For Ulmer, as he noted repeatedly in his letters, the pure intellectual or artist, loyal to his or her pursuit-the genius perhaps-forms a separate social class. As he writes to his daughter, Arianné, from Munich, just after Christmas 1955, seemingly glossing Thus Spoke Zarathustra once more: "Art is a very high peak which very few people have really ascended. The air is thin, cold, way up there. Practically no people live up there. It's warmer in the valley where all the other people live. There is laughter down there, children and the comfortable house and somebody who belongs to you." To George, who fashions himself "the smartest boy in [his] class," the path is similarly lonely. The penultimate chapter concludes with George lying down to sleep, with a final thought of transformation: "Always something happened to lift him from the greatest despondency to a state of security from which he was able to start the trek of his earthly existence anew."

The novel offers little in the way of resolution. In fact, the fifth and final chapter is just as skeletal as some of the other more compressed parts. There is no formal denouement. Instead, George awakens the next morning, somewhat confused and disoriented, at Dr. Donat's home. A young woman, Miss Ilse, a student at the Academy of Dramatic Arts who was taken in by Dr. Donat two years ago, greets him in her pink robe. She teases George for wearing one of Erika's sleeping gowns, calls him "the run-away" and mistakenly addresses him as "Joseph" instead of George, possibly an allusion to the biblical figure known to be an interpreter of dreams. George is "put properly in his place" by the rhetorical skills of the aspiring actress, and the story essentially comes to a halt there. As elsewhere in the writing process, Ulmer shows a high degree of self-awareness; indeed, the very act of writing a fragmentary, autobiographical work with literary pretensions is itself highlighted throughout the text. For example, George receives Stendhal's Souvenirs d'égotisme (Memoirs of an Egotist), a work that is similarly autobiographical and fragmentary, as a gift for his fifteenth birthday from his friend Heinrich. Dr. Erika Donat, in conversation with George, declares herself to be "good material for a novel or play in the modern vein" and suggests possible affinities to Jakob Wassermann and Henrik Ibsen. "Amusing to be conscious of one's own value as story material," she concludes, with a tacit reference to the nature of the entire project. Long after setting out to write his novel, Ulmer would remain enthralled by notions of self-mythologizing and the vast powers of the human imagination.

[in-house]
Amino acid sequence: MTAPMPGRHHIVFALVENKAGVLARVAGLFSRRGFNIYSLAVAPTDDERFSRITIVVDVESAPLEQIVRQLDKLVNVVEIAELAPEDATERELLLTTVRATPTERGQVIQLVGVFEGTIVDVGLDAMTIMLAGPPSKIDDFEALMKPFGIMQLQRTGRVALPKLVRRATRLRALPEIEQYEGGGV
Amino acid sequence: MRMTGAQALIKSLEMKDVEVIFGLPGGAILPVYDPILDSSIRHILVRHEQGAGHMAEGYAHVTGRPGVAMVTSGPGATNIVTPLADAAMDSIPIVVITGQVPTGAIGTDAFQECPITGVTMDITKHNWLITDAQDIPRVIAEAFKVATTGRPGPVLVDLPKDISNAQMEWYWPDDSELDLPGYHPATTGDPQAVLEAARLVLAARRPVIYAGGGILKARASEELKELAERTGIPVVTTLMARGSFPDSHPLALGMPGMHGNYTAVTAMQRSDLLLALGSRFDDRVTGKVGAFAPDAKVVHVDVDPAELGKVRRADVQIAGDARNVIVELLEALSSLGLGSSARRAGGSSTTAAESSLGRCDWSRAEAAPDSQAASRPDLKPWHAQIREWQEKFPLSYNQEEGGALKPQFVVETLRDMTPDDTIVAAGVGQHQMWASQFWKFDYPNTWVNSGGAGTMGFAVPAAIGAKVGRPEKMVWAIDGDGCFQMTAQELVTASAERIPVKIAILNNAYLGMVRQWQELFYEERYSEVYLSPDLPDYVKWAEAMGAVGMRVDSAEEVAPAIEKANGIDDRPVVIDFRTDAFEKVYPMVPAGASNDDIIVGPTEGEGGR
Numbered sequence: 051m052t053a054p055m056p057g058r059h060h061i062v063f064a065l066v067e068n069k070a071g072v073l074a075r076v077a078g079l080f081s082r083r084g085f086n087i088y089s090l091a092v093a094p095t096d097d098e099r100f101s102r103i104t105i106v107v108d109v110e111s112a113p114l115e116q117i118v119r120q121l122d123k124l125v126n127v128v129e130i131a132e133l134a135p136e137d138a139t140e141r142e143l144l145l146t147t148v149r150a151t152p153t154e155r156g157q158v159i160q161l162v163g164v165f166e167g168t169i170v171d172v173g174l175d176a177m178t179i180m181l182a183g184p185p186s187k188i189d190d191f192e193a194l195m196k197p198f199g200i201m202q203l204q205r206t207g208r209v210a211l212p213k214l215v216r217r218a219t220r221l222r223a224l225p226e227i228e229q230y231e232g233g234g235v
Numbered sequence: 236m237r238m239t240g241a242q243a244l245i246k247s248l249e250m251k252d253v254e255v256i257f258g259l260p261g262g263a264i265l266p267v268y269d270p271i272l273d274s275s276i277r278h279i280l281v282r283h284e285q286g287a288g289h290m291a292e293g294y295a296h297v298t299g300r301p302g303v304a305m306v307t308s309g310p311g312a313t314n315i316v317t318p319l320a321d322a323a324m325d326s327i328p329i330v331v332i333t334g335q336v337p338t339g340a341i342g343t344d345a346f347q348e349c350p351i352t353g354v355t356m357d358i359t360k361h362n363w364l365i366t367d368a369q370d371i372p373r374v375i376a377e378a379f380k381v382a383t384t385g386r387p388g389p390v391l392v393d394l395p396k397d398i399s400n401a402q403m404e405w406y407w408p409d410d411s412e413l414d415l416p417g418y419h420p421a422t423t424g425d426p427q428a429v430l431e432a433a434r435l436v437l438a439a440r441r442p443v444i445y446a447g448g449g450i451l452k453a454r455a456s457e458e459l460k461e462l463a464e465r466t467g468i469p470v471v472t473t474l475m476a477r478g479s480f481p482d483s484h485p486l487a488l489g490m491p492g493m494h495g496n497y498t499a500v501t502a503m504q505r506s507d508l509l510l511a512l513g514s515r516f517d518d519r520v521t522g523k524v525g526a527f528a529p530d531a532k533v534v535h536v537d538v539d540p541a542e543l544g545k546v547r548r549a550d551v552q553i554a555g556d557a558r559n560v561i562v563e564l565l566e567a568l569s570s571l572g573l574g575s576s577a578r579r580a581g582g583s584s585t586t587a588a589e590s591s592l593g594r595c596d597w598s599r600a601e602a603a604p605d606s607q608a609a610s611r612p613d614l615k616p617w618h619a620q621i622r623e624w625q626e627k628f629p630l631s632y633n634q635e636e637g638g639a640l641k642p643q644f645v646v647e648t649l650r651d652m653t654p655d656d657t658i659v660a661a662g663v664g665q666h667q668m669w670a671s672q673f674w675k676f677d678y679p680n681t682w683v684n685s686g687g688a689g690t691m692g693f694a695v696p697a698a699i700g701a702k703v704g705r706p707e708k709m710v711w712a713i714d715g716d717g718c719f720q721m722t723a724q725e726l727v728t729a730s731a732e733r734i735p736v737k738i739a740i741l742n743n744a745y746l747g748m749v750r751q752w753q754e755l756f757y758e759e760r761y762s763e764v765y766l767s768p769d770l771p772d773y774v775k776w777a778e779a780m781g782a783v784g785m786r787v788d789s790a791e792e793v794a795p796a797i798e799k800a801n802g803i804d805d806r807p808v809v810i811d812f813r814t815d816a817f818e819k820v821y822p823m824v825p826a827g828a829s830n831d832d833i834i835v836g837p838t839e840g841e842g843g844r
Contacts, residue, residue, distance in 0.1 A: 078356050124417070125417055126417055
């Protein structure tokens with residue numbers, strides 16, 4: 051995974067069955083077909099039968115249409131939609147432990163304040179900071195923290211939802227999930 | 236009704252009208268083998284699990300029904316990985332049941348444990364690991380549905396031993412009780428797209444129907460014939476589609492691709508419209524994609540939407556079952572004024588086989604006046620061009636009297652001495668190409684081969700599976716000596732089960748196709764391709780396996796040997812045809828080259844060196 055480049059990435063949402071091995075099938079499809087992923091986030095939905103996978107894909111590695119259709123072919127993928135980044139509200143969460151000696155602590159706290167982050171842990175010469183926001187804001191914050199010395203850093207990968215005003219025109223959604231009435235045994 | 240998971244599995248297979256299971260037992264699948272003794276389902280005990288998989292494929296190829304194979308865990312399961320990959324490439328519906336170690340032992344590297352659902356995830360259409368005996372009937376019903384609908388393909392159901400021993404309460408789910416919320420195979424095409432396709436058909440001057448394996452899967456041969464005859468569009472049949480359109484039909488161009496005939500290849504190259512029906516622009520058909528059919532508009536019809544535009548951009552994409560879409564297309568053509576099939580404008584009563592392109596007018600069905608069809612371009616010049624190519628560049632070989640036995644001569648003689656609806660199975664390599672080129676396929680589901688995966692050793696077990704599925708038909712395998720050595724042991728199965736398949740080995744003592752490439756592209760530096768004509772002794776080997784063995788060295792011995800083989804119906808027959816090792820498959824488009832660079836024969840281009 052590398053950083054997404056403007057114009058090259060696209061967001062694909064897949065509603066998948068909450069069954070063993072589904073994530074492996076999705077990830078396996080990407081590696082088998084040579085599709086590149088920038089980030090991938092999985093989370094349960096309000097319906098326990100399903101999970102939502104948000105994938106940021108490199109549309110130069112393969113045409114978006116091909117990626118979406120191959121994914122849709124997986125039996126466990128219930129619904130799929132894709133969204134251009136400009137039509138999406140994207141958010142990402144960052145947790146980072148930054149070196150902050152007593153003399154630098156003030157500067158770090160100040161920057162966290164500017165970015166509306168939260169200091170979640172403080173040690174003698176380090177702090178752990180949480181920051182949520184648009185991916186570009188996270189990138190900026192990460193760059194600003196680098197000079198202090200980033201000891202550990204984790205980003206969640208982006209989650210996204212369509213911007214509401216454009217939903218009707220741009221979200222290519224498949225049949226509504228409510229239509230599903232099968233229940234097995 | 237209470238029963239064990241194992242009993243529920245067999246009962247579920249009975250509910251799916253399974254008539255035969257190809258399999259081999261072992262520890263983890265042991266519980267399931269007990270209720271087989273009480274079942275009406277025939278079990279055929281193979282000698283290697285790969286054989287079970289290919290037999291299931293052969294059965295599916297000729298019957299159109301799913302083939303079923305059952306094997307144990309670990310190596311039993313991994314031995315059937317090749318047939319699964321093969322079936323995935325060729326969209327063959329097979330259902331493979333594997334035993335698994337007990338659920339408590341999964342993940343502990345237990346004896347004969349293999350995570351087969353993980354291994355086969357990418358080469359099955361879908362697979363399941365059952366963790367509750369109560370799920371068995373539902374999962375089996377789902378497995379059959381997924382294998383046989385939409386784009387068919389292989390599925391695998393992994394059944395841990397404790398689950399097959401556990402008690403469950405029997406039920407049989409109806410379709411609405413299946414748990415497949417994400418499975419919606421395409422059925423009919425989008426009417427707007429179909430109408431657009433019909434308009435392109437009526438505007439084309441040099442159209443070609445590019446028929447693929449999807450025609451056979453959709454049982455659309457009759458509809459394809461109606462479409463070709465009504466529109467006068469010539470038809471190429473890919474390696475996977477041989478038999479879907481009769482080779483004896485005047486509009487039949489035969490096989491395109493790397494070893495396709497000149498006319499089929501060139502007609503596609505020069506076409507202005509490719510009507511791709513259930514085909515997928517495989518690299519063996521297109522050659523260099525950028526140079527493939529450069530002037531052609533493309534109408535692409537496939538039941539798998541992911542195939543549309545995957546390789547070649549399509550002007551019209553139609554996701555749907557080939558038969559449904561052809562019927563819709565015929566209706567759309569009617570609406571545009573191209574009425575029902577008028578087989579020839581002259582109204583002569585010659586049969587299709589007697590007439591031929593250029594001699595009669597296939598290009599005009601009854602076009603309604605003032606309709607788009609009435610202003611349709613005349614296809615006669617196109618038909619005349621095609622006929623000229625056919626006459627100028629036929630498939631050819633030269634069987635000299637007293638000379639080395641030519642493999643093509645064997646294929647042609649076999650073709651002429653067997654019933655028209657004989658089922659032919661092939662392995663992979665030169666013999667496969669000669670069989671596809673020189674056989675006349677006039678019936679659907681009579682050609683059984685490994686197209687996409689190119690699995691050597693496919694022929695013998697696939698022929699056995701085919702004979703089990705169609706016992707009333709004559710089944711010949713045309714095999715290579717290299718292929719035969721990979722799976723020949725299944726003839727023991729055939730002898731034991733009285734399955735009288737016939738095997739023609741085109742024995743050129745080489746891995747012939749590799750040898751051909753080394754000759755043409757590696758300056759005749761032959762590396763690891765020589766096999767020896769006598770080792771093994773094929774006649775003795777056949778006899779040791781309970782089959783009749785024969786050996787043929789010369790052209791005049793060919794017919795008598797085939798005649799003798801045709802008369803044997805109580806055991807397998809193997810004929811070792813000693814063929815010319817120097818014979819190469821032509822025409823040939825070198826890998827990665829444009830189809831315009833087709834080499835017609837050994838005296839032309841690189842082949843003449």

Big City of Dreams